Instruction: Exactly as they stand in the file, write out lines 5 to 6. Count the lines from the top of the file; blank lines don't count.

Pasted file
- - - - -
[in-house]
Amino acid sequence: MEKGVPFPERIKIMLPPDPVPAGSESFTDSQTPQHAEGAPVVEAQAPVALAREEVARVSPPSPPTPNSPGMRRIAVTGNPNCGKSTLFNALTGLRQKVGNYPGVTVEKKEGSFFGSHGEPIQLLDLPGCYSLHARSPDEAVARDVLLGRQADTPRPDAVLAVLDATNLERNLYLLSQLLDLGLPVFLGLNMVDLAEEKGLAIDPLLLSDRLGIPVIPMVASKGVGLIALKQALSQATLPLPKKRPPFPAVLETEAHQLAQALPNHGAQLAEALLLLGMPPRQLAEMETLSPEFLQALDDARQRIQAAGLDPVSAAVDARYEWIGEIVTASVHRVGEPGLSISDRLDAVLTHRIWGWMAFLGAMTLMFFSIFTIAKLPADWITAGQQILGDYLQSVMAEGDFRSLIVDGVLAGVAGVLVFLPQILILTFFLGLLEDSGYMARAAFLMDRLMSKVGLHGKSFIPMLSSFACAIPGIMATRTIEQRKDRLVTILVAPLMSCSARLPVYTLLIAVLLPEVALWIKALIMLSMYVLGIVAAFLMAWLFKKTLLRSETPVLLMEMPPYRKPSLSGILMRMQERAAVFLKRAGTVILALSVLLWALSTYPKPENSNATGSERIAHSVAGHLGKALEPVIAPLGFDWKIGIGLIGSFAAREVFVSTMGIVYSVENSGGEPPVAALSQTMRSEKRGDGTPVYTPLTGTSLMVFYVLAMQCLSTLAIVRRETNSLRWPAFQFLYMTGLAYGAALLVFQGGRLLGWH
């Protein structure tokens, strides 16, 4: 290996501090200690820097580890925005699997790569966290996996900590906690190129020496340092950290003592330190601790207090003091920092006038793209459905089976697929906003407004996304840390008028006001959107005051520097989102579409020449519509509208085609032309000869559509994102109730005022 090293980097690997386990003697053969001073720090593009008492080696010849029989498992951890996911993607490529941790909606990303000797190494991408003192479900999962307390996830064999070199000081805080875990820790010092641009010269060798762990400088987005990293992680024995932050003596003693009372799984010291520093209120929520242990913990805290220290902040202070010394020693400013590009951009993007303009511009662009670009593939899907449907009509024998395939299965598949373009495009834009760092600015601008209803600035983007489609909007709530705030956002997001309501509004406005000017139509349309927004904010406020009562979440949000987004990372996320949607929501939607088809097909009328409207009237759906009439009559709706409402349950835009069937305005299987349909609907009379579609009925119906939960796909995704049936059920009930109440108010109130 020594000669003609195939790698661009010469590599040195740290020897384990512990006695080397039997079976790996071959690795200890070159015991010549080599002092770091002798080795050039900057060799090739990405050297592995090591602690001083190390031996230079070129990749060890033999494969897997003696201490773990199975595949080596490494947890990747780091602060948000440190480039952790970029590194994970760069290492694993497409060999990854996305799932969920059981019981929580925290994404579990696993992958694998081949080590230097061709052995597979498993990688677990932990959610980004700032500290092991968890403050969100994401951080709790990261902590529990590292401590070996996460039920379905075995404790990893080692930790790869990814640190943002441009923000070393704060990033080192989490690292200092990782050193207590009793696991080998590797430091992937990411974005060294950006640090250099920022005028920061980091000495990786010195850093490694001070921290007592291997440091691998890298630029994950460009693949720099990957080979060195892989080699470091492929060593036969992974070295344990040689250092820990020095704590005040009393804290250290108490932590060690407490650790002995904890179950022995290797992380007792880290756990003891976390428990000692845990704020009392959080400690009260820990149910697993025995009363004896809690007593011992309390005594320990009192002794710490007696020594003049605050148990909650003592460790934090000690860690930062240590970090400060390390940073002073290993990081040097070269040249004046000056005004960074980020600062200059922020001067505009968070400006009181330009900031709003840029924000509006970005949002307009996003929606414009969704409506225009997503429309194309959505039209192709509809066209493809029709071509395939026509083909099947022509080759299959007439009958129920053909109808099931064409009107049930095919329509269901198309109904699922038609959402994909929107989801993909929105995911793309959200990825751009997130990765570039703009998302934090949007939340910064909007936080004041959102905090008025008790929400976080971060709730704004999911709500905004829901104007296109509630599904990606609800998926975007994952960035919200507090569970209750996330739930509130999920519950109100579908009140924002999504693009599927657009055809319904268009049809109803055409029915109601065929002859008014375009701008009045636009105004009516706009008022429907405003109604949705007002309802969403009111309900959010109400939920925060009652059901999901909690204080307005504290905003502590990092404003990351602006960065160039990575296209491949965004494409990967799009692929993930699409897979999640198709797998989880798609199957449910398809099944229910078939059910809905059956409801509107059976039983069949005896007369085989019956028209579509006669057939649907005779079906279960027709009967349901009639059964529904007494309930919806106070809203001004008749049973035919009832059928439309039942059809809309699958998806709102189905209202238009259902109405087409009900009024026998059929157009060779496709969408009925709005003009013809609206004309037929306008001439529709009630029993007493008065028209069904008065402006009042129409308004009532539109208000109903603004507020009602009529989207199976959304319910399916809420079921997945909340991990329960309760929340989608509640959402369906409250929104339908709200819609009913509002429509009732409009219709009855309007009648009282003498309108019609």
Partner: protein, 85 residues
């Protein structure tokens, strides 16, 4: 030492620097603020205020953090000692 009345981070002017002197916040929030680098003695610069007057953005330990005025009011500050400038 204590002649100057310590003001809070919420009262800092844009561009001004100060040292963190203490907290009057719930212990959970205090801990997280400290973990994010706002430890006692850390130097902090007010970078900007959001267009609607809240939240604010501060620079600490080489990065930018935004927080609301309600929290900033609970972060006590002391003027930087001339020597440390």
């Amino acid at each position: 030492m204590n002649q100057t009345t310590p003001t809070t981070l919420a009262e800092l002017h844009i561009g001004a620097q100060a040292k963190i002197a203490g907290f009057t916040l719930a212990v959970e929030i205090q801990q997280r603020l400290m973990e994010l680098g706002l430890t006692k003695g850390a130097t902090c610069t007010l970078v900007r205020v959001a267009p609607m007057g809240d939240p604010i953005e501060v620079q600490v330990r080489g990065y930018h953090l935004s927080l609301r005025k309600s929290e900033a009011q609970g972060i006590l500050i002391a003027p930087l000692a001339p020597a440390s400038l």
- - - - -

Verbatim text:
């Protein structure tokens, strides 16, 4: 030492620097603020205020953090000692 009345981070002017002197916040929030680098003695610069007057953005330990005025009011500050400038 204590002649100057310590003001809070919420009262800092844009561009001004100060040292963190203490907290009057719930212990959970205090801990997280400290973990994010706002430890006692850390130097902090007010970078900007959001267009609607809240939240604010501060620079600490080489990065930018935004927080609301309600929290900033609970972060006590002391003027930087001339020597440390």
């Amino acid at each position: 030492m204590n002649q100057t009345t310590p003001t809070t981070l919420a009262e800092l002017h844009i561009g001004a620097q100060a040292k963190i002197a203490g907290f009057t916040l719930a212990v959970e929030i205090q801990q997280r603020l400290m973990e994010l680098g706002l430890t006692k003695g850390a130097t902090c610069t007010l970078v900007r205020v959001a267009p609607m007057g809240d939240p604010i953005e501060v620079q600490v330990r080489g990065y930018h953090l935004s927080l609301r005025k309600s929290e900033a009011q609970g972060i006590l500050i002391a003027p930087l000692a001339p020597a440390s400038l």